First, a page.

(The remarks of this interviewer are in italics
“It is prayer that is so very important to me,” Sister Rose said, both at the beginning and end of our visit together. Her very neat room and her faithfulness to everyday walks surely give her the space and quiet for her time with God. When I arrived, she had already studied the questions the Marie Menard Committee can give as a suggested tool and was ready with written notes.)
Jean, later Sister Rose Patrick, then Sister Rose, was born in 1933 in Ludlow, Kentucky to James Patrick and Frances Breuer Sullivan. One of twelve children, she was the third youngest, and remembers, as many do, that the two youngest were always tagging along. During the day in the Sullivan household, there was every attempt to be as quiet as possible since their father, James Patrick, worked the night shift at the L & N terminal in Cincinnati. He walked back and forth from Ludlow to Cincinnati and certainly deserved that rest. James and Frances, the homemaker, made sure that their children received the guidance and discipline they needed.
Rose shares, “We gave all answers respectfully as “No, sir or No, ma’am.” At home when meals were served around the table, we sat there until we ate all on our plates. I did find a way of hiding something I didn’t like in my pocket when my Dad wasn’t looking. Prayer was important and we prayed the rosary during the month of October. Another memory which brings smiles to me is that when the family went to church at St. James in Ludlow, we all sat in the front pew in birth order. To this day I don’t care to sit in the front pew.”
Jean attended St. James School in Ludlow for eight years. A first grade memory she has still is that the Sister teacher was determined, sometimes forcefully, that little Jean use her right hand instead of her left. Now, Sister Rose can use either- a feat the teacher never intended. Another grade school memory is that in on a very hot and humid June school day, Jean was persuaded by her classmates to change the clock so that they might be dismissed early. The teacher was out of the room, of course, but when she returned she did not realize the difference and dismissed the class… a happy overlook for the children. A grade school teacher who impressed Jean even after she left for high school was Sister Catherine David Ford. Jean would return to St. James to help Sister Catherine David, and other teachers, as well.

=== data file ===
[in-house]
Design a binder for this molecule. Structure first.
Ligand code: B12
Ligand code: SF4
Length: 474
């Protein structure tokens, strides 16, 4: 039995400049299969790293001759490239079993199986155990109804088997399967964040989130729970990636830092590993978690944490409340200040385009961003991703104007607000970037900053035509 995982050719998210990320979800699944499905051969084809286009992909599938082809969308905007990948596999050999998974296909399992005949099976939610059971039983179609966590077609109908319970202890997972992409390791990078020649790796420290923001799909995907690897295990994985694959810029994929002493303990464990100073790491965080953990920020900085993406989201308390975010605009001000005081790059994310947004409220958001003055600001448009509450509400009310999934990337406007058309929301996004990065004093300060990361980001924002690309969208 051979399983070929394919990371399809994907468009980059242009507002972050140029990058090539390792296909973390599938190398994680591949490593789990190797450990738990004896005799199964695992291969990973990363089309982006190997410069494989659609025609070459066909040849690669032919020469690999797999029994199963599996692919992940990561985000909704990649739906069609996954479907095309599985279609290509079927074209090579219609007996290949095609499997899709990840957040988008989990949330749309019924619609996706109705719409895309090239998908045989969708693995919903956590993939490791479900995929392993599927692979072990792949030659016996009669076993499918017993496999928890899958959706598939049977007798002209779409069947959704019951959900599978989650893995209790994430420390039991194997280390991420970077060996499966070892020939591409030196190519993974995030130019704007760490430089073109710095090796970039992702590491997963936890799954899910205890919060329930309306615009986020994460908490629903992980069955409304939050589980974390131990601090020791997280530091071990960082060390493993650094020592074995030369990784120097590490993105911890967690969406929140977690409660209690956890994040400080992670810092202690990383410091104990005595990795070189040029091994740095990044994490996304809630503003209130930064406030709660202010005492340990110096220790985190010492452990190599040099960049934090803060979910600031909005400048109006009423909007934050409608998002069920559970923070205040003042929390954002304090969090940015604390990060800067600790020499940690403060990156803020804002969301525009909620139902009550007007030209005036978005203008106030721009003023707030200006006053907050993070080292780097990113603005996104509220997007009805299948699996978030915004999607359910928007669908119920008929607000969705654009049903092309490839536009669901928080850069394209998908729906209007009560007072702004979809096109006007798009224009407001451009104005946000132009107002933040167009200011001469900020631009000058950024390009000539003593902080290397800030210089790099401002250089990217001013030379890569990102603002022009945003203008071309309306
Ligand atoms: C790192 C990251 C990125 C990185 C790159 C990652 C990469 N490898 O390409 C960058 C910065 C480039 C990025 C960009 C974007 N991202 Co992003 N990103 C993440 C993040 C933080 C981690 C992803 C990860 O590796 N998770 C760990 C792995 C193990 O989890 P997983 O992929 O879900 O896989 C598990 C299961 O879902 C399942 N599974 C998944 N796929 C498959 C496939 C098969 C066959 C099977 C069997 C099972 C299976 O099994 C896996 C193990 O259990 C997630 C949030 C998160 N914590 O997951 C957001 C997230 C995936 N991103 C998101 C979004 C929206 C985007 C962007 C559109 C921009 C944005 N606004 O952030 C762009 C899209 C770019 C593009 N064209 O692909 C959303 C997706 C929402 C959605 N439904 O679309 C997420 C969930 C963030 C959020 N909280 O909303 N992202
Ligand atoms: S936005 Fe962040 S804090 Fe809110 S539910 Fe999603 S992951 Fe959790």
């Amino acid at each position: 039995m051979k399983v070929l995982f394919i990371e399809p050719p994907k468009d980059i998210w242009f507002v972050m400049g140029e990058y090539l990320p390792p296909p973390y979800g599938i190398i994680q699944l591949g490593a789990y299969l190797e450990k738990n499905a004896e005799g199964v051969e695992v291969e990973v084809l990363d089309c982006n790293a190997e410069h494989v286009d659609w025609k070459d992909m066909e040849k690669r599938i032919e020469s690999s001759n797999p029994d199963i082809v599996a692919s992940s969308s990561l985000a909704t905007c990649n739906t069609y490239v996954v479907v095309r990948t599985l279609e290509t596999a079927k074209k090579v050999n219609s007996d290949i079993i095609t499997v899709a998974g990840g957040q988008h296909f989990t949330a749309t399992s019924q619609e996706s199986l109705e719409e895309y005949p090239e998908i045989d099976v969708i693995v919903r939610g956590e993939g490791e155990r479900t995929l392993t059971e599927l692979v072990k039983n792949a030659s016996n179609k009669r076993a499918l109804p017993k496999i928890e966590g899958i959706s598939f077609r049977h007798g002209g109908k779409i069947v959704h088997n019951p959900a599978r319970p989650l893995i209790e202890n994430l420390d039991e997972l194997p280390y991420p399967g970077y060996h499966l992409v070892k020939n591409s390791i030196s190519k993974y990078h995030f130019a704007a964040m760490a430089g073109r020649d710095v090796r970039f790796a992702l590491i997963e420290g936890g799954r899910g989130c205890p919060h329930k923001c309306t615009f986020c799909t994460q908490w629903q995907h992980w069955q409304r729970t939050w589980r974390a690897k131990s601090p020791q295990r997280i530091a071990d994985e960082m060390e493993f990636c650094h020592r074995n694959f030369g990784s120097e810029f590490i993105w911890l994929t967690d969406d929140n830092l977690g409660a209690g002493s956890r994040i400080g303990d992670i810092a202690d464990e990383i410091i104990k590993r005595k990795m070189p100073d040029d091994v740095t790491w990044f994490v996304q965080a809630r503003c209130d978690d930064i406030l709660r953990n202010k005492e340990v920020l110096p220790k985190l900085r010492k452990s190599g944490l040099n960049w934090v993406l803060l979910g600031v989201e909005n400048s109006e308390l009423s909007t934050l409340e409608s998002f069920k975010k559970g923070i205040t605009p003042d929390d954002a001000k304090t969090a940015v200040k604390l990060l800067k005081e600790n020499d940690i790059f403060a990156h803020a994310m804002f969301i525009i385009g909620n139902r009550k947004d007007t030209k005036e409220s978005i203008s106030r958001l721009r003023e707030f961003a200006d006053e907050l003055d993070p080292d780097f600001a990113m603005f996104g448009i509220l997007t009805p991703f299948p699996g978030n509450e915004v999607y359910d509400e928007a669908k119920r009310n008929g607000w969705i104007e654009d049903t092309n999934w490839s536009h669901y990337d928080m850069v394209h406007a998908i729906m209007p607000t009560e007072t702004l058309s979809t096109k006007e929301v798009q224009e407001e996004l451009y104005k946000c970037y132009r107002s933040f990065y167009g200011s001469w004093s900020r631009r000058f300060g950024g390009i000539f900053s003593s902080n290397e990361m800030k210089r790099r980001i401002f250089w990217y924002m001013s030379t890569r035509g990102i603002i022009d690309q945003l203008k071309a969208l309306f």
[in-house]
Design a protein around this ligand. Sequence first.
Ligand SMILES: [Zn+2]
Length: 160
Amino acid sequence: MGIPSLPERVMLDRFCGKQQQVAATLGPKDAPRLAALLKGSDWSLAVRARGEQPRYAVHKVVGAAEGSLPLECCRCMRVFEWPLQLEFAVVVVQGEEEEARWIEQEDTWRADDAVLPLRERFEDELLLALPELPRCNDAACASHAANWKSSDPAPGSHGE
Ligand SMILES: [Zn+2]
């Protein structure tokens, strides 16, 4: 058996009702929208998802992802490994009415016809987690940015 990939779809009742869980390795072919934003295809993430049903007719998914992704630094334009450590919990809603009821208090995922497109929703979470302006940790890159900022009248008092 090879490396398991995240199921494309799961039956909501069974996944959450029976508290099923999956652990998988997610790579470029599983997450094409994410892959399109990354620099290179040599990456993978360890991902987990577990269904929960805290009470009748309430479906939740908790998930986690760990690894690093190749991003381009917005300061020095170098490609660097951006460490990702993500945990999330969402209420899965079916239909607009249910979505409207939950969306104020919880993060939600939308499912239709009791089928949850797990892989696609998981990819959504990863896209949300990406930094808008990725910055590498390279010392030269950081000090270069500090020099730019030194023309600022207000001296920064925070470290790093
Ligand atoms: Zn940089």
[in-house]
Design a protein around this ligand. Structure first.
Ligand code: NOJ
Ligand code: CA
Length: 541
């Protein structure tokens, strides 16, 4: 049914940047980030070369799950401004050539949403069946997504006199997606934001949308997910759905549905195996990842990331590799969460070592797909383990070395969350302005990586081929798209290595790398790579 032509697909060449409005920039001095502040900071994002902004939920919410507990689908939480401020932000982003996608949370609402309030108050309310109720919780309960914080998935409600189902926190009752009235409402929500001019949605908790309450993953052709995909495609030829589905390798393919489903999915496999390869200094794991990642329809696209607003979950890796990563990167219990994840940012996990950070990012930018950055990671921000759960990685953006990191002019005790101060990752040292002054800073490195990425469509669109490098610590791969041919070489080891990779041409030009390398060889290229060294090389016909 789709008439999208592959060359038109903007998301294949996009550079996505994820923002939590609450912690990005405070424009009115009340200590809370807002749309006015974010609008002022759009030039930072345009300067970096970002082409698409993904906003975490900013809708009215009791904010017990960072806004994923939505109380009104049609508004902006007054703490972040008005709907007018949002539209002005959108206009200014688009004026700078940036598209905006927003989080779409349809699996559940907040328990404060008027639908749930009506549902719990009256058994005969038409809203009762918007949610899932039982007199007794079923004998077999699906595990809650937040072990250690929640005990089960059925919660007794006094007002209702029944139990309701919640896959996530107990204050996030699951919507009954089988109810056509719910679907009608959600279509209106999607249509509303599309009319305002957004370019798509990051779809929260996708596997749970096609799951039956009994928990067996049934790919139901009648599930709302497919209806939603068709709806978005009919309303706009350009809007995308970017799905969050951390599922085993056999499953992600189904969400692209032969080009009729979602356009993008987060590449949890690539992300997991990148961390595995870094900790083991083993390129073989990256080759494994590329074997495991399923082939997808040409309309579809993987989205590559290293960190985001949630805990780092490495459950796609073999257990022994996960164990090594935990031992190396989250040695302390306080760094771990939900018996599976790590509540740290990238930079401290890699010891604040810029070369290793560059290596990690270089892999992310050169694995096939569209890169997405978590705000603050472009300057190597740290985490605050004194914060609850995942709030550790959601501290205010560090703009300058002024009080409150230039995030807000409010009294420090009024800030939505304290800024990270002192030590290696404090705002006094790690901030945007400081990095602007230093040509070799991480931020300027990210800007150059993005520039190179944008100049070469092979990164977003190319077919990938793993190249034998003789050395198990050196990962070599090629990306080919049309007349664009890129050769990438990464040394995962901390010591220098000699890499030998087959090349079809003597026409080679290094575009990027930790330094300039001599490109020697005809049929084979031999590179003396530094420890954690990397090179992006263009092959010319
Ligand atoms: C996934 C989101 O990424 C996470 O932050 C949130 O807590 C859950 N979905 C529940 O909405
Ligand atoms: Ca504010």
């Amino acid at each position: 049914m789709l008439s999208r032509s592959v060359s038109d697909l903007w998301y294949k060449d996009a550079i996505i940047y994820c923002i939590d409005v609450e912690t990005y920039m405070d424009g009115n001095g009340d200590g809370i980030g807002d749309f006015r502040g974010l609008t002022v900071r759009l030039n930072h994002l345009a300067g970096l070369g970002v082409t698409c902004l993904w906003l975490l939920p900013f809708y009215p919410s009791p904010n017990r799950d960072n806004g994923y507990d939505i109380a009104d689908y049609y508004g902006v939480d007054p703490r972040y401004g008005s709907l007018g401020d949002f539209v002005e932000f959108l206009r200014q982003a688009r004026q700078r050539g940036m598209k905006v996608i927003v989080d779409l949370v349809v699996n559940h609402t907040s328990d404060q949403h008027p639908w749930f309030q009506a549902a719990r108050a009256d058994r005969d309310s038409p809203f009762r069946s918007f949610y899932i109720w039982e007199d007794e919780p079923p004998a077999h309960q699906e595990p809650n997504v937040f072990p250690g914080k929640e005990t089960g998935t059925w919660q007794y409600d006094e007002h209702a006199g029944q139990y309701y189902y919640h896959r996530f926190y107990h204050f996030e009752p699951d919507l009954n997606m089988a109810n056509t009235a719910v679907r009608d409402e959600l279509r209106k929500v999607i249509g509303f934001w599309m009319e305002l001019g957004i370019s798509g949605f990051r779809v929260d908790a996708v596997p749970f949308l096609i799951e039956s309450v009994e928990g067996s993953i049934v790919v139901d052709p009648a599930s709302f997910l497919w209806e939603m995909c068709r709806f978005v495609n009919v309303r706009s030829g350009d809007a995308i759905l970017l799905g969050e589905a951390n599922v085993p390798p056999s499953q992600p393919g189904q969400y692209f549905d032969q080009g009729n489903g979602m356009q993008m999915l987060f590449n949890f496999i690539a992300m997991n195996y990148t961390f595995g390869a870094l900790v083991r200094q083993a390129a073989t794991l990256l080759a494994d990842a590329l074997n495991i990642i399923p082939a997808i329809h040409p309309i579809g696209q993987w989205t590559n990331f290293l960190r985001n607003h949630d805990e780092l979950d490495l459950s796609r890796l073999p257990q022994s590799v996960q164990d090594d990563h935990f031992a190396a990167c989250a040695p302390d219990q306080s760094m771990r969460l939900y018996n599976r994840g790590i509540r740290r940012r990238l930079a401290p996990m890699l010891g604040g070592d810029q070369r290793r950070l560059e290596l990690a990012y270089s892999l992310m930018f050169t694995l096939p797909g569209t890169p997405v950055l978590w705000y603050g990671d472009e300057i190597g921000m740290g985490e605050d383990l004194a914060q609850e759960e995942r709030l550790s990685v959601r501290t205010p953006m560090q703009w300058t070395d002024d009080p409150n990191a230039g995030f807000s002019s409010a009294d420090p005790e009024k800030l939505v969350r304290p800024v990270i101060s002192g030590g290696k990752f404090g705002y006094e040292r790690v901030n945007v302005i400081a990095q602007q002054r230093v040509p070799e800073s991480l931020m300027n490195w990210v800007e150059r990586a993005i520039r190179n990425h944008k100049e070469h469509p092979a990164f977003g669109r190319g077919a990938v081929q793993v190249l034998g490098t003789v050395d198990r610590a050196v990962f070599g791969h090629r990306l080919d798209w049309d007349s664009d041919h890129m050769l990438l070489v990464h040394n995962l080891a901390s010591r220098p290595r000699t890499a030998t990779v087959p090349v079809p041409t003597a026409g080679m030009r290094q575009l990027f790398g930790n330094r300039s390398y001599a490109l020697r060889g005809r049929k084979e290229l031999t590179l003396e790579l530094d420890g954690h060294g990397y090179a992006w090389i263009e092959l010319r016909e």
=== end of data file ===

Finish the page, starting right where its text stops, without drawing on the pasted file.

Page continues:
By the time Jean was ready for high school the one at St. James had closed and so she went to LaSalette Academy in Covington, KY. After her years at LaSalette, Jean took a bus each day for a job in Cincinnati at Woolworth’s, a five and dime store. She was even ready to be considered for a manager position, but God had other plans for her.
When she told her family that she wanted to enter the Sisters of Charity of Nazareth Community, they were not surprised. Two of her sisters had already entered religious life. Frances was Sister Teresa Catherine, SCN, and Mary was Sister Mary Dominic, OSB (Benedictines from Covington, KY). Rose says, “I wasn’t surprised by novitiate life since I knew some of the experiences of my two siblings. What did surprise me was the seemingly strange way of asking permission for some of the ordinary tasks of everyday life.” (Needless to say, there are others of us who struggled with that same practice).